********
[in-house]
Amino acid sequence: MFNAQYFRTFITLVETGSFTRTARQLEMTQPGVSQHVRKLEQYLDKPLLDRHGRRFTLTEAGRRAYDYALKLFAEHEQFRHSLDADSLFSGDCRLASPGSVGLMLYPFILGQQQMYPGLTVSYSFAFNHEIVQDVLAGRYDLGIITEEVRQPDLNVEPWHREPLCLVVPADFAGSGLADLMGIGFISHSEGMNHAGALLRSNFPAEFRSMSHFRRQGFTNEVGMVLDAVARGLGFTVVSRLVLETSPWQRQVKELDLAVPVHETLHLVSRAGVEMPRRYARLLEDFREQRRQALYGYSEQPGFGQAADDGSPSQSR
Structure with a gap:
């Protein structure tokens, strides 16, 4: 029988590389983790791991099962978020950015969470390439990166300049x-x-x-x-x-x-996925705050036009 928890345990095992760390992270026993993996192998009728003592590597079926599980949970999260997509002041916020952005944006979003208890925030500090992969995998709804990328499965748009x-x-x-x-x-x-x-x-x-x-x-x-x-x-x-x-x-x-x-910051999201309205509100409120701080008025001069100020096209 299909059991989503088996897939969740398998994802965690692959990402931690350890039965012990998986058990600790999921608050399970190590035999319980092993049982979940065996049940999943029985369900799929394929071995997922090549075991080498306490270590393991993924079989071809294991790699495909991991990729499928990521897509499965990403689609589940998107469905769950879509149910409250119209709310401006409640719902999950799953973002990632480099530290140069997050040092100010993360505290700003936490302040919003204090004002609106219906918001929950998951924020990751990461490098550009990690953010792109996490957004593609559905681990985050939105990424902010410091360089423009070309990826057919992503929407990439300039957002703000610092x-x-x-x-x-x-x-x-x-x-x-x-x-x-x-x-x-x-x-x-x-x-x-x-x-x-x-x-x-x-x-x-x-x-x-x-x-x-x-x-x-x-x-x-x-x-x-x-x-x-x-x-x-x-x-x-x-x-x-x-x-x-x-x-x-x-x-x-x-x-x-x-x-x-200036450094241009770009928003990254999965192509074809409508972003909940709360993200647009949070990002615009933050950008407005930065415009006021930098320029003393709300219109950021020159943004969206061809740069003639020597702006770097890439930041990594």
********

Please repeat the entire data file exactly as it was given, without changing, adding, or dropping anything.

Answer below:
[in-house]
Amino acid sequence: MFNAQYFRTFITLVETGSFTRTARQLEMTQPGVSQHVRKLEQYLDKPLLDRHGRRFTLTEAGRRAYDYALKLFAEHEQFRHSLDADSLFSGDCRLASPGSVGLMLYPFILGQQQMYPGLTVSYSFAFNHEIVQDVLAGRYDLGIITEEVRQPDLNVEPWHREPLCLVVPADFAGSGLADLMGIGFISHSEGMNHAGALLRSNFPAEFRSMSHFRRQGFTNEVGMVLDAVARGLGFTVVSRLVLETSPWQRQVKELDLAVPVHETLHLVSRAGVEMPRRYARLLEDFREQRRQALYGYSEQPGFGQAADDGSPSQSR
Structure with a gap:
């Protein structure tokens, strides 16, 4: 029988590389983790791991099962978020950015969470390439990166300049x-x-x-x-x-x-996925705050036009 928890345990095992760390992270026993993996192998009728003592590597079926599980949970999260997509002041916020952005944006979003208890925030500090992969995998709804990328499965748009x-x-x-x-x-x-x-x-x-x-x-x-x-x-x-x-x-x-x-910051999201309205509100409120701080008025001069100020096209 299909059991989503088996897939969740398998994802965690692959990402931690350890039965012990998986058990600790999921608050399970190590035999319980092993049982979940065996049940999943029985369900799929394929071995997922090549075991080498306490270590393991993924079989071809294991790699495909991991990729499928990521897509499965990403689609589940998107469905769950879509149910409250119209709310401006409640719902999950799953973002990632480099530290140069997050040092100010993360505290700003936490302040919003204090004002609106219906918001929950998951924020990751990461490098550009990690953010792109996490957004593609559905681990985050939105990424902010410091360089423009070309990826057919992503929407990439300039957002703000610092x-x-x-x-x-x-x-x-x-x-x-x-x-x-x-x-x-x-x-x-x-x-x-x-x-x-x-x-x-x-x-x-x-x-x-x-x-x-x-x-x-x-x-x-x-x-x-x-x-x-x-x-x-x-x-x-x-x-x-x-x-x-x-x-x-x-x-x-x-x-x-x-x-x-200036450094241009770009928003990254999965192509074809409508972003909940709360993200647009949070990002615009933050950008407005930065415009006021930098320029003393709300219109950021020159943004969206061809740069003639020597702006770097890439930041990594």